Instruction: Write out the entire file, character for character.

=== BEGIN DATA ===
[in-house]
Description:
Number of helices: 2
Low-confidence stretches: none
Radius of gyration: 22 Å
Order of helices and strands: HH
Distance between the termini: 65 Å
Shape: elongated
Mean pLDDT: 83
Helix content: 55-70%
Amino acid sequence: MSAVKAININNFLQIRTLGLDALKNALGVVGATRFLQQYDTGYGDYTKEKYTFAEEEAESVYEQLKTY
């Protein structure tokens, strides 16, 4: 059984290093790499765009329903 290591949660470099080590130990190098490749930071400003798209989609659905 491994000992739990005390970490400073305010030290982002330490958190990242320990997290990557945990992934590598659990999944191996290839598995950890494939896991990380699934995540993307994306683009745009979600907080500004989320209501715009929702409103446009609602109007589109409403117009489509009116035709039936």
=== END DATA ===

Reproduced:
[in-house]
Description:
Number of helices: 2
Low-confidence stretches: none
Radius of gyration: 22 Å
Order of helices and strands: HH
Distance between the termini: 65 Å
Shape: elongated
Mean pLDDT: 83
Helix content: 55-70%
Amino acid sequence: MSAVKAININNFLQIRTLGLDALKNALGVVGATRFLQQYDTGYGDYTKEKYTFAEEEAESVYEQLKTY
């Protein structure tokens, strides 16, 4: 059984290093790499765009329903 290591949660470099080590130990190098490749930071400003798209989609659905 491994000992739990005390970490400073305010030290982002330490958190990242320990997290990557945990992934590598659990999944191996290839598995950890494939896991990380699934995540993307994306683009745009979600907080500004989320209501715009929702409103446009609602109007589109409403117009489509009116035709039936």